In Other News – Explosions in Crimea Shake Russia’s Confidence – 8/11/2022

August 11, 2022

Explosions in annexed Crimea shake Russia’s confidence, hint at a broader Ukrainian counteroffensive. Satellite imagery from earlier this week revealed that multiple Russian warplanes stationed at the Saki airbase in Crimea were damaged or destroyed on Tuesday. Moscow is still trying to get its story straight on what happened– the Russian defense ministry claimed that the airbase explosions were caused by detonated aviation ammunition, while state propagandists furiously spouted-off that Russians are under attack by Ukraine. Kyiv has not officially claimed responsibility for the destruction of the Russian planes, but a senior Ukrainian Ministry of Defense official confirmed Kyiv’s role in the attack to the media and further indicated that more operations of a similar nature are in the works. President Zelenskyy also publicly and emphatically restated the goal of liberating Crimea from Russian control.

If Ukraine was indeed responsible for the explosions, which took place at a notable distance from Ukrainian lines, the attack would be the first significant attack in Crimea since the onset of the war. It would also mark the single biggest day of Russian air force losses since February. Based on the range of the attacks, there’s active speculation about the nature of the attack, be it the use of advanced weaponry or the handiwork of Ukrainian special forces. Regardless of the specific mechanism, if Crimea is now deemed as susceptible to attack, Russia will need to reallocate resources to protect its forces in the area and might have to pull from its frontlines. It also might choose to move planes out of the area to less desirable air bases farther away.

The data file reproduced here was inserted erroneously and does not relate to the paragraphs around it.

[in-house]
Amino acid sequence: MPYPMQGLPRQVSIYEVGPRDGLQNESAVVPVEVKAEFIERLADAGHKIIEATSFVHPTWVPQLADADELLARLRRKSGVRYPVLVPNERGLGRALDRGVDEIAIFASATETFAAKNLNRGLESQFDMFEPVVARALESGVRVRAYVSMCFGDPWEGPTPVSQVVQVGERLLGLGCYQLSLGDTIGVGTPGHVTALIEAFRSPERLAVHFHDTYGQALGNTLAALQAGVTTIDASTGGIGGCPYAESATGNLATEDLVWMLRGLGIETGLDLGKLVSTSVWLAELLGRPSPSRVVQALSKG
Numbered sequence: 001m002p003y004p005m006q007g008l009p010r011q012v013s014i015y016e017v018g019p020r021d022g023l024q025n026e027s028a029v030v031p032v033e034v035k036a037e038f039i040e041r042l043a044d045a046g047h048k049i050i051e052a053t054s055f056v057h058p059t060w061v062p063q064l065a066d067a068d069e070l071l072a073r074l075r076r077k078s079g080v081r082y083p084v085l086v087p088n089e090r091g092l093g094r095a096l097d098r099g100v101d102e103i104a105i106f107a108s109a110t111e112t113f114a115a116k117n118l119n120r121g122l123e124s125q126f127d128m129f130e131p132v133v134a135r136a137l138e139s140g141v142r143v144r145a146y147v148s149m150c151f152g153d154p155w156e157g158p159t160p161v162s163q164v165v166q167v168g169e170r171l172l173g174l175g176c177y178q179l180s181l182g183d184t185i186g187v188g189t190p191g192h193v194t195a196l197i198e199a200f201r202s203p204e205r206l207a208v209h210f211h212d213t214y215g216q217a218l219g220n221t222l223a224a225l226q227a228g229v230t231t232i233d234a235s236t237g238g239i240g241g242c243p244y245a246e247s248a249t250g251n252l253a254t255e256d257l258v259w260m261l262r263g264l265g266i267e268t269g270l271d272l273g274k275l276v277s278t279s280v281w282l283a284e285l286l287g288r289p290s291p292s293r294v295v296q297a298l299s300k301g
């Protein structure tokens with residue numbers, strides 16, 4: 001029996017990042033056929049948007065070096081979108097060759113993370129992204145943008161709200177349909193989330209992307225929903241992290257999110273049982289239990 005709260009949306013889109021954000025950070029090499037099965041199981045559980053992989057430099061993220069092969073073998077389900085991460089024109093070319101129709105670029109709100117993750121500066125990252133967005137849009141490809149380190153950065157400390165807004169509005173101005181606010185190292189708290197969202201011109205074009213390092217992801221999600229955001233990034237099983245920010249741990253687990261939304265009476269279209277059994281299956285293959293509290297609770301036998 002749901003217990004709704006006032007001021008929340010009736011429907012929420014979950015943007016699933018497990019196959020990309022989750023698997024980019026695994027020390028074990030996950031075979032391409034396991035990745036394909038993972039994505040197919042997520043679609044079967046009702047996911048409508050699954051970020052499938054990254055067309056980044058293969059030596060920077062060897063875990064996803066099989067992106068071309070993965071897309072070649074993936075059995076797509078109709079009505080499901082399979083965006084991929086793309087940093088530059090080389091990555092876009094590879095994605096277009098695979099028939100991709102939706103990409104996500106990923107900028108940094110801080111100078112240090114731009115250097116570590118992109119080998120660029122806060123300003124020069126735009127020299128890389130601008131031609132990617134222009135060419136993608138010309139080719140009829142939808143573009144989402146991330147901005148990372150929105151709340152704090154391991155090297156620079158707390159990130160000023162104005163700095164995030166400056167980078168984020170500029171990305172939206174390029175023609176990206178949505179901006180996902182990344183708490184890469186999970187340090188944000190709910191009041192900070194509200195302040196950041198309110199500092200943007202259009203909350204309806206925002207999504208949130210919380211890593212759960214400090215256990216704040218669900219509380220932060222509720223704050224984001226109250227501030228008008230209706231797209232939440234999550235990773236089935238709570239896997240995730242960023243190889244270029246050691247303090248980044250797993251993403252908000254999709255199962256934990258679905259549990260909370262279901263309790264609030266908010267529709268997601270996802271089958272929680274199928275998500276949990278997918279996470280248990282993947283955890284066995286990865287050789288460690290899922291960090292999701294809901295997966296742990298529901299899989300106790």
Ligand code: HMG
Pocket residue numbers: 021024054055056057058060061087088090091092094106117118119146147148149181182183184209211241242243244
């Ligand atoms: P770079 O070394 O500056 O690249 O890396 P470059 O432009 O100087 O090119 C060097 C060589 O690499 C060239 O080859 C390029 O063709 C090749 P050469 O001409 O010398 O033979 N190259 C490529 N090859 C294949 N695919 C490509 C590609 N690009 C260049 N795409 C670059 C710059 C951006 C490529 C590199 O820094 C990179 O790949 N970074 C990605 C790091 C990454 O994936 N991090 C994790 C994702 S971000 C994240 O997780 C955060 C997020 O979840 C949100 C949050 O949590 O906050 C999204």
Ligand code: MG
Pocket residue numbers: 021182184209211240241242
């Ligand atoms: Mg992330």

Further, in addition to causing logistical woes for Moscow, the explosions likely jolted any sense of security held by Russian air force members. Social media images depicting Russians who were vacationing in Crimea scrambling to avoid the explosions could also have a psychological impact on the Russian populace. Adding to the uncertainty, this week there were also unconfirmed social media reports regarding explosions at a Belarusian military airbase used by Moscow and close to the Ukrainian border. The Ministry of Defense of Belarus dismissed the reports and said that a car engine had caught fire at the location, but Zelenskyy’s advisor remarked that Russians shouldn’t feel safe in either Crimea or occupied Belarus, noting that these so-called technical incidents should serve as a warning.

For its part, Ukraine has pledged to force Russian troops out of Kherson and Zaporizhzhia in the coming weeks via an increased counteroffensive. Already, Ukrainian forces are targeting military bases and ammunition hubs around Kherson and in the wider Kherson province, including a possible attack on a strategic road and rail link earlier this week. It’s still uncertain if these attacks will allow Ukraine to make any territorial advances in the region, but time is certainly of the essence. Ukrainian officials have remarked that the longer Ukrainians are stuck under Russian occupation, the greater the risk of losing them, and officials further believe that Russia will try to hold illegal referendums in the captured areas in early September.